“No. Wisconsin’s homeschooling laws do not require any form of testing or assessment. If you wish to have your child tested or assessed periodically to determine their level of progress, you would be responsible for obtaining such tests. While school districts are not obligated to provide testing services, you may contact your local school district regarding possible testing using local district tests. A fee may be imposed for any services rendered. Public school districts in Wisconsin are not allowed to administer state required assessments to students enrolled in home-based private educational programs” (Wisconsin Department of Public Instruction).
What records do I need to keep when I homeschool my child?
According to the Wisconsin Department of Public Instruction, “The statutes contain no express authority for any agency or school district to monitor home-based private educational programs or to verify the hours of instruction provided or the use of a sequential curriculum. However, it is recommended that homeschooling parents maintain records of the instruction provided as this information may be used by prospective employers, including the military, and any post-secondary institutions to which the student may apply in the future.” You should also keep copies of your Homeschool Enrollment Reports (PI-1206 forms) since “the Department of Public Instruction only maintains records of submitted PI-1206 reports for seven years.”
In addition to this suggested recordkeeping, we also recommend you do some personal recordkeeping to provide verification of education in the event you would need to show some form of educational proof to the state or other legal entities or to prepare for re-entry into public school or postsecondary pathways. This includes the following:
You may also be able to find more information on Wisconsin homeschool requirements through your local school district.
Wisconsin diploma requirements:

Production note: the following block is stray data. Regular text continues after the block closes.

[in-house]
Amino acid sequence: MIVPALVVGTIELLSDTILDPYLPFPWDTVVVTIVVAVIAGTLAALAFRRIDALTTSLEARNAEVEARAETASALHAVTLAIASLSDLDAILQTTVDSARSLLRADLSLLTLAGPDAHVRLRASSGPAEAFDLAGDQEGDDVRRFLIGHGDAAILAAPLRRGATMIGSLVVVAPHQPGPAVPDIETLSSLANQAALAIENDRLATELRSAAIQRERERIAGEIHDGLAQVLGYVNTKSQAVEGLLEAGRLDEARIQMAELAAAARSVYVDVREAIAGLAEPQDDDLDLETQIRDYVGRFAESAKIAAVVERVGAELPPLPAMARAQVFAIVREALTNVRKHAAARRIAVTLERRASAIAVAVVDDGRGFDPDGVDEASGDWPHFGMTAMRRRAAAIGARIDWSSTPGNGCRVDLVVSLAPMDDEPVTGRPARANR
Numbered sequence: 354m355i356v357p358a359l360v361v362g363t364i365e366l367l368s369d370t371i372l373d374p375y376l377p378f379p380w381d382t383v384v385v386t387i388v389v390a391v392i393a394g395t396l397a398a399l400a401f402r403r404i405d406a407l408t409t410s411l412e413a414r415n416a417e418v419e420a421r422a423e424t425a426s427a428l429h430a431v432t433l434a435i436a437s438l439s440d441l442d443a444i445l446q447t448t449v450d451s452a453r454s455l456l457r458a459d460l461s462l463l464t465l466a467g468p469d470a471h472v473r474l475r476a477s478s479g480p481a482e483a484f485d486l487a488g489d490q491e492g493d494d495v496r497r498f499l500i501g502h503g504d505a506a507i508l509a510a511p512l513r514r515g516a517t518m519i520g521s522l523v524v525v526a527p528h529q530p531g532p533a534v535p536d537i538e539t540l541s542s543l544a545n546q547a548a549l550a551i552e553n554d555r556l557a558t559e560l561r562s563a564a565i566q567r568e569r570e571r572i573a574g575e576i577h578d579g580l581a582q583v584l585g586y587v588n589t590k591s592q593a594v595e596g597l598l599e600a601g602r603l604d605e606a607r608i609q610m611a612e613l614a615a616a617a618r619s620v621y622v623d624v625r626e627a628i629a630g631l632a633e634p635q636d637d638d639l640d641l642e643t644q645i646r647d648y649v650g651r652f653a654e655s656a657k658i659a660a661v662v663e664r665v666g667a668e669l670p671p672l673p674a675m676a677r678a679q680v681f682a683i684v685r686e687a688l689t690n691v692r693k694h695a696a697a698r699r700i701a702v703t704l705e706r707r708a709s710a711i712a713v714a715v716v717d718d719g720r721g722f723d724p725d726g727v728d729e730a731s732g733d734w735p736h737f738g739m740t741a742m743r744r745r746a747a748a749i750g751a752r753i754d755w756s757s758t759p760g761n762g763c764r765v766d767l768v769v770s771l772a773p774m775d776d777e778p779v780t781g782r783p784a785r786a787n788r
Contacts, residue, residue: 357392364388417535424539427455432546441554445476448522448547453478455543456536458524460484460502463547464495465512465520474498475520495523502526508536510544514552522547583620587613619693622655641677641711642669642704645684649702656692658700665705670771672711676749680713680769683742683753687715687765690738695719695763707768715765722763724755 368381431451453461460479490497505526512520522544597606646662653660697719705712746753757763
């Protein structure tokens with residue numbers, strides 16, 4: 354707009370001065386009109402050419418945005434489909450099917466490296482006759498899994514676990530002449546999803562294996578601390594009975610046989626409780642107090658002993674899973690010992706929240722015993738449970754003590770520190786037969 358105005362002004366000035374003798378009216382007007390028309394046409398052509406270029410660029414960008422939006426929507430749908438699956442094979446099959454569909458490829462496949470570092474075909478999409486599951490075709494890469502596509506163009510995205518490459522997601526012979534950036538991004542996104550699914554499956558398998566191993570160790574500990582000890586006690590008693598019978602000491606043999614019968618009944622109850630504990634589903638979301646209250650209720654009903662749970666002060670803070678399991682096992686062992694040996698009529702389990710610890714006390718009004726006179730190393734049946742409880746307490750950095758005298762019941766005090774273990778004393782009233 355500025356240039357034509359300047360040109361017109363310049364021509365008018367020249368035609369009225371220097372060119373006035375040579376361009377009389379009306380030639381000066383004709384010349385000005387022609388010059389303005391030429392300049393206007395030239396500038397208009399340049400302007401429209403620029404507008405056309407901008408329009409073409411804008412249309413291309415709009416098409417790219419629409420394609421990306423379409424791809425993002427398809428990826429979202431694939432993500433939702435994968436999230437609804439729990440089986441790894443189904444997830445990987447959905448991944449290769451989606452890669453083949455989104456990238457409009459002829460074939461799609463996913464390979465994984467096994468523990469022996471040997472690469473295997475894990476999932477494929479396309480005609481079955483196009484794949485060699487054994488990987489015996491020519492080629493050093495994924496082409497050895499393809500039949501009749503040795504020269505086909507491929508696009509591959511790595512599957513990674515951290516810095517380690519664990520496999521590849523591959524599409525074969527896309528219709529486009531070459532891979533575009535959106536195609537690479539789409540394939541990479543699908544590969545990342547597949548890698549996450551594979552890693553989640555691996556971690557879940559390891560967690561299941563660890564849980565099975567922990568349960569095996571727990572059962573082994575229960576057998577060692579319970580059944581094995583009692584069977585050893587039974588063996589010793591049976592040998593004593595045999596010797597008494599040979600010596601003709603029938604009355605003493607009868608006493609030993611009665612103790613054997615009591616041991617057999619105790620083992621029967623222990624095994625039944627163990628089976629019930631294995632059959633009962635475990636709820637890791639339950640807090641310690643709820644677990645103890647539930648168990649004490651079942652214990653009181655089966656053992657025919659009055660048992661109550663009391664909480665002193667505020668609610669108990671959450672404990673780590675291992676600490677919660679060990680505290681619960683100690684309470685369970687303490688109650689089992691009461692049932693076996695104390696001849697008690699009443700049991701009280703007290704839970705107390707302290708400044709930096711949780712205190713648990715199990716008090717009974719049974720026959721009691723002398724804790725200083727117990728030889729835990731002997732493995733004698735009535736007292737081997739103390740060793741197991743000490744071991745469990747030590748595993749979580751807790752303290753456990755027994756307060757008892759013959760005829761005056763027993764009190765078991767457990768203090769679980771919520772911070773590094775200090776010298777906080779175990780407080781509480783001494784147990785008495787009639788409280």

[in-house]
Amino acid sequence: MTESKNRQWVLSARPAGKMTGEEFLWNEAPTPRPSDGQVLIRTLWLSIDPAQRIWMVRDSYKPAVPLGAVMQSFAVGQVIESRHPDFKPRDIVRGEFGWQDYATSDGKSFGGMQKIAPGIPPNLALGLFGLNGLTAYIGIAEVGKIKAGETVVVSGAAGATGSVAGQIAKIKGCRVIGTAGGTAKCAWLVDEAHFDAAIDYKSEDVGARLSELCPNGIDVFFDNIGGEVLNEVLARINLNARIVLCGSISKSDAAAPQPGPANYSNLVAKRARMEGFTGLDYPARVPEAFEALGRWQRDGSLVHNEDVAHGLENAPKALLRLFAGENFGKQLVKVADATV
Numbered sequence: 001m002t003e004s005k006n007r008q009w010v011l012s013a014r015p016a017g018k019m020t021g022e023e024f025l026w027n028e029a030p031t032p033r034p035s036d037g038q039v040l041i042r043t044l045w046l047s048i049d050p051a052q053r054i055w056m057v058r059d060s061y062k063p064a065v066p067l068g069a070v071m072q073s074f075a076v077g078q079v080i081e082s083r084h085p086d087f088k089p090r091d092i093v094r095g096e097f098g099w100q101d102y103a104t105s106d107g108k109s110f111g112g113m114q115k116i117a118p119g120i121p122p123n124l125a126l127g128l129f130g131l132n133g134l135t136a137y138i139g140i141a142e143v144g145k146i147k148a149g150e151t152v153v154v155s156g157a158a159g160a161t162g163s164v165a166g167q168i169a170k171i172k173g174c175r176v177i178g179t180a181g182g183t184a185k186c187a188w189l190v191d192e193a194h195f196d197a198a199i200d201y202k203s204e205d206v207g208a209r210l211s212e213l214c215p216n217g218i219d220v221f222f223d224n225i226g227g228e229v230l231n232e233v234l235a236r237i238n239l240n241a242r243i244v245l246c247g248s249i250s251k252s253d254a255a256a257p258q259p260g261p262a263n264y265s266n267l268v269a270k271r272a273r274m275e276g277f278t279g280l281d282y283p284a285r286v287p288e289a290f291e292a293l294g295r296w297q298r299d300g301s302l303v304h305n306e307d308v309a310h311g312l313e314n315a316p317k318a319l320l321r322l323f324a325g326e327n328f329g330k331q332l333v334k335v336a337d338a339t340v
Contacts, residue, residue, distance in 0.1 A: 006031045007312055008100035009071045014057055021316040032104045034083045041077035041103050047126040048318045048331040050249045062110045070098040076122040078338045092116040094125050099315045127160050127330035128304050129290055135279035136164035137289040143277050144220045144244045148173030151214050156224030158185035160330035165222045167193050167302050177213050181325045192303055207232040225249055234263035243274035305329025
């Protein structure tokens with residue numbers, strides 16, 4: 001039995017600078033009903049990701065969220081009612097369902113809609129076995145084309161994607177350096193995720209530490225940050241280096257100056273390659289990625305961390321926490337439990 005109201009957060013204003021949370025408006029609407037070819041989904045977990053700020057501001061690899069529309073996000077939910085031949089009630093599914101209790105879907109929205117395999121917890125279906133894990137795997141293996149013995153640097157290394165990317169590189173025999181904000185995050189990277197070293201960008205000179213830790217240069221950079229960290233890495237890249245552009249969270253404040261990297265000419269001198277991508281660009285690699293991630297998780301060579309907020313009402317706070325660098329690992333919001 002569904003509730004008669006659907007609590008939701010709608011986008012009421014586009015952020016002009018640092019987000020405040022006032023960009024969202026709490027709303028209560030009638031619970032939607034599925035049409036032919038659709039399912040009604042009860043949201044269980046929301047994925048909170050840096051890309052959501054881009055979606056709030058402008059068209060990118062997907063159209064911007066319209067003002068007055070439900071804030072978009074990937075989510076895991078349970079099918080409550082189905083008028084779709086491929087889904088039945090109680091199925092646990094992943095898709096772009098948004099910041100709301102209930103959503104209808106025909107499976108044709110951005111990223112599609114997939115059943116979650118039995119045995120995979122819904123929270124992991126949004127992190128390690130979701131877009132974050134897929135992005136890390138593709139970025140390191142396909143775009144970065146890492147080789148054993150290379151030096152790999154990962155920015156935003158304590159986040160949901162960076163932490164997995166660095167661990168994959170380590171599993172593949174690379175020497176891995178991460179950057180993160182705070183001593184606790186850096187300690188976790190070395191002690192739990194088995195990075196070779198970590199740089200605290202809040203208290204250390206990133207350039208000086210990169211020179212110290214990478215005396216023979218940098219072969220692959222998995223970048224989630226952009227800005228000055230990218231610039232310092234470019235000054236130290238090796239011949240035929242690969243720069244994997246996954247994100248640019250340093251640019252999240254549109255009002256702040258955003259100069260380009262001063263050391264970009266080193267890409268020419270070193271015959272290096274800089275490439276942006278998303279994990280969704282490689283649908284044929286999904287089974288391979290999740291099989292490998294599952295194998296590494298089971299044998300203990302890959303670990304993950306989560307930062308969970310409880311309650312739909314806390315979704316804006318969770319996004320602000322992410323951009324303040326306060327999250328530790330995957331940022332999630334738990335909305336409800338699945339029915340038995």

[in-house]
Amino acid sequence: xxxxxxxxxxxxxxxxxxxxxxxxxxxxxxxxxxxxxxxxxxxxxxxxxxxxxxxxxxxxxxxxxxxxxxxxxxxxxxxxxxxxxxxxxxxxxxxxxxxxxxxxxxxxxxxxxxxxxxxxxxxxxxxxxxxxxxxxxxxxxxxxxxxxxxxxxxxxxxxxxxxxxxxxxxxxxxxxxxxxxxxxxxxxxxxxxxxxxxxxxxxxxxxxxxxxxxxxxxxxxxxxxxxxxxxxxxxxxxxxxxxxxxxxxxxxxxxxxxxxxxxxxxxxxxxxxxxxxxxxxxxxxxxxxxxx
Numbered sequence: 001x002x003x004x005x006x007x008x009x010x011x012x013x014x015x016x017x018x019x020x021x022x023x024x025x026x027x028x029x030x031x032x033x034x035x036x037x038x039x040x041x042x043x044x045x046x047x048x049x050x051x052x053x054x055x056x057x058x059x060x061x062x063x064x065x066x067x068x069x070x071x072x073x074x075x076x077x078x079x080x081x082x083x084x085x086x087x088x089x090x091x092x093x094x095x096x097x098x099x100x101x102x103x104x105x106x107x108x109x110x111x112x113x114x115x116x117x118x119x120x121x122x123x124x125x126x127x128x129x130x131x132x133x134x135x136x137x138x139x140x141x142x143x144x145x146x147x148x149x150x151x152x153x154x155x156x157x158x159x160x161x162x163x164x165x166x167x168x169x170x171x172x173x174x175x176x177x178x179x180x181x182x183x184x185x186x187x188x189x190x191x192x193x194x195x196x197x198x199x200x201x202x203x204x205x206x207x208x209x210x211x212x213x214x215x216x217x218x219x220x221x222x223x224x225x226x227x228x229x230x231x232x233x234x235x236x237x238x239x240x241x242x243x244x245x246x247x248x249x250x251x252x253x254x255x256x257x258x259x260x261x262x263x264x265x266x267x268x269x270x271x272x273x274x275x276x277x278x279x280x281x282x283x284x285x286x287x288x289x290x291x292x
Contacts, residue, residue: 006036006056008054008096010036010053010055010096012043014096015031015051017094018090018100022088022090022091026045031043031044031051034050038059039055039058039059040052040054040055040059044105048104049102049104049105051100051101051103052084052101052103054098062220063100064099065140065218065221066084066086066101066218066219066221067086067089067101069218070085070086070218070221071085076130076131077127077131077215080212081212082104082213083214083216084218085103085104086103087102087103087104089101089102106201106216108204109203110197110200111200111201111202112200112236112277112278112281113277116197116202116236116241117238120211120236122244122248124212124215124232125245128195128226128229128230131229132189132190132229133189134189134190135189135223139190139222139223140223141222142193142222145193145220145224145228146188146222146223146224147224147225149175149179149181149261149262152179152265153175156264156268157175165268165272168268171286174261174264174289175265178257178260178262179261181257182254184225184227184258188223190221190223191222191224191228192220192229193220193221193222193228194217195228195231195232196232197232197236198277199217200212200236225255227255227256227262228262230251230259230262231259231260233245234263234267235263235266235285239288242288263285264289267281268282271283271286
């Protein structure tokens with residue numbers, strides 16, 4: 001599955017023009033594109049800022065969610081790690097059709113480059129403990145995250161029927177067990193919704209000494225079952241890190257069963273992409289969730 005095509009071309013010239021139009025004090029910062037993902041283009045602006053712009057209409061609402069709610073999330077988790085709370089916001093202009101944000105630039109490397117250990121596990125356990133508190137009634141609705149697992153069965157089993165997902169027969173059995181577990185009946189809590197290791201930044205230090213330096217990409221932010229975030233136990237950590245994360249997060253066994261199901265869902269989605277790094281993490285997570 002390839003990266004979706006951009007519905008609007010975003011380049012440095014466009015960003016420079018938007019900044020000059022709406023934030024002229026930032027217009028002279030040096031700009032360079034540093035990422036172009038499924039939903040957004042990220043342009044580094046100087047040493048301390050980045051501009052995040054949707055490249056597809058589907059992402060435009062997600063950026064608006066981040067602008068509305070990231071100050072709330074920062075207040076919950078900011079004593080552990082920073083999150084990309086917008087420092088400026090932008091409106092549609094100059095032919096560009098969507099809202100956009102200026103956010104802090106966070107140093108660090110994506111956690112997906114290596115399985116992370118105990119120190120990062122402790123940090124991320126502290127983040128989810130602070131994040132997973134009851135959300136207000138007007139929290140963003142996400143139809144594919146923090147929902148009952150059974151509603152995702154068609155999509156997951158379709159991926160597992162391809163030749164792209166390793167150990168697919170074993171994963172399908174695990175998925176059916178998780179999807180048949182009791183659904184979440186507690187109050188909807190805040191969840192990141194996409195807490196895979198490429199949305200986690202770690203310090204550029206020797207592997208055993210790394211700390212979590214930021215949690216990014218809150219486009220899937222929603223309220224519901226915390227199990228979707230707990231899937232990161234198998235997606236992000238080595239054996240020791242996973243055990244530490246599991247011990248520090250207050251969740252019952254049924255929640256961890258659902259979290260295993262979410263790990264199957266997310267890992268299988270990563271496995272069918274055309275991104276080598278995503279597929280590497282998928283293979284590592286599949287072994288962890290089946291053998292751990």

Parents determine when their student has fulfilled graduation requirements and can issue their own homeschool diploma; students of private/online schools may receive diplomas from those institutions.
Wisconsin high school testing requirements:
Homeschool students are not subject to testing requirements for graduation.
Wisconsin high school transcripts:
Homeschool parents may create their own student transcripts, and may include any information they deem pertinent to colleges, military, and/or future workplace organizations.
Wisconsin high school course credits:
Parents determine when their student has fulfilled graduation requirements; for the purpose of creating transcripts, some homeschool parents do assign credits to individual courses.
Individuals must show proof of age (at least 18.5 yrs.) and residency in WI for at least 10 days. Applicants must complete an application form at initial meeting and pay a testing and credential fee.
If you have a child that is college bound it is always a good idea to keep records, portfolios and transcripts, all of these and more can be done on the Modify™ app.
Note: All information on this site is provided with no guarantee of accuracy. Modify™ is not responsible for any errors, omissions, or outdated information, or for the results yielded through use of this information.